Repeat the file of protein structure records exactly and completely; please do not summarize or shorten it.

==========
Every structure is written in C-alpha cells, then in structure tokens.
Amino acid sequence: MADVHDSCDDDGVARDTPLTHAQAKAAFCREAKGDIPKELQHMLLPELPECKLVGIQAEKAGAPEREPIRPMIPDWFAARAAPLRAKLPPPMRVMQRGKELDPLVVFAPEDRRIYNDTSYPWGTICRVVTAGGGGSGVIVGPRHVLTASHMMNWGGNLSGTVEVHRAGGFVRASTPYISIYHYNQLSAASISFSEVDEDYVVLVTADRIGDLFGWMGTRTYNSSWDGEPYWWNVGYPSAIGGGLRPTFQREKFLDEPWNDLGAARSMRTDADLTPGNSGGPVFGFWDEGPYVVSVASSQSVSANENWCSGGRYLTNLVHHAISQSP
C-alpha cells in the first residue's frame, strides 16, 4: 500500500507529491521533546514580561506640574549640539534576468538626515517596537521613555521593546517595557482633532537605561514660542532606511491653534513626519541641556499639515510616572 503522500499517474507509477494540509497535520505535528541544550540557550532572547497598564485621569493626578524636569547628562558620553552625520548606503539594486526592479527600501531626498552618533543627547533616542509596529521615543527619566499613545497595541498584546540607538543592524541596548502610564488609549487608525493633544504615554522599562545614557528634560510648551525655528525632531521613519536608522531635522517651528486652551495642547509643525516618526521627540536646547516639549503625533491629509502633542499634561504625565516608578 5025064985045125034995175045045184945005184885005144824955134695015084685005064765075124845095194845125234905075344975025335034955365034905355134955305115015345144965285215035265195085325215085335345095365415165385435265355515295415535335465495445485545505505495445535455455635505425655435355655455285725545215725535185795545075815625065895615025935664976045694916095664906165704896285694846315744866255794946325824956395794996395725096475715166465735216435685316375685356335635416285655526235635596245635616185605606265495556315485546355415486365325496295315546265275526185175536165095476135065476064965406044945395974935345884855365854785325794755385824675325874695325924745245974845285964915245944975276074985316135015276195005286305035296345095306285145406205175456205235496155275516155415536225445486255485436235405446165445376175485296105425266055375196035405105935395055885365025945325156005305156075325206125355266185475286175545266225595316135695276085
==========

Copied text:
Every structure is written in C-alpha cells, then in structure tokens.
Amino acid sequence: MADVHDSCDDDGVARDTPLTHAQAKAAFCREAKGDIPKELQHMLLPELPECKLVGIQAEKAGAPEREPIRPMIPDWFAARAAPLRAKLPPPMRVMQRGKELDPLVVFAPEDRRIYNDTSYPWGTICRVVTAGGGGSGVIVGPRHVLTASHMMNWGGNLSGTVEVHRAGGFVRASTPYISIYHYNQLSAASISFSEVDEDYVVLVTADRIGDLFGWMGTRTYNSSWDGEPYWWNVGYPSAIGGGLRPTFQREKFLDEPWNDLGAARSMRTDADLTPGNSGGPVFGFWDEGPYVVSVASSQSVSANENWCSGGRYLTNLVHHAISQSP
C-alpha cells in the first residue's frame, strides 16, 4: 500500500507529491521533546514580561506640574549640539534576468538626515517596537521613555521593546517595557482633532537605561514660542532606511491653534513626519541641556499639515510616572 503522500499517474507509477494540509497535520505535528541544550540557550532572547497598564485621569493626578524636569547628562558620553552625520548606503539594486526592479527600501531626498552618533543627547533616542509596529521615543527619566499613545497595541498584546540607538543592524541596548502610564488609549487608525493633544504615554522599562545614557528634560510648551525655528525632531521613519536608522531635522517651528486652551495642547509643525516618526521627540536646547516639549503625533491629509502633542499634561504625565516608578 5025064985045125034995175045045184945005184885005144824955134695015084685005064765075124845095194845125234905075344975025335034955365034905355134955305115015345144965285215035265195085325215085335345095365415165385435265355515295415535335465495445485545505505495445535455455635505425655435355655455285725545215725535185795545075815625065895615025935664976045694916095664906165704896285694846315744866255794946325824956395794996395725096475715166465735216435685316375685356335635416285655526235635596245635616185605606265495556315485546355415486365325496295315546265275526185175536165095476135065476064965406044945395974935345884855365854785325794755385824675325874695325924745245974845285964915245944975276074985316135015276195005286305035296345095306285145406205175456205235496155275516155415536225445486255485436235405446165445376175485296105425266055375196035405105935395055885365025945325156005305156075325206125355266185475286175545266225595316135695276085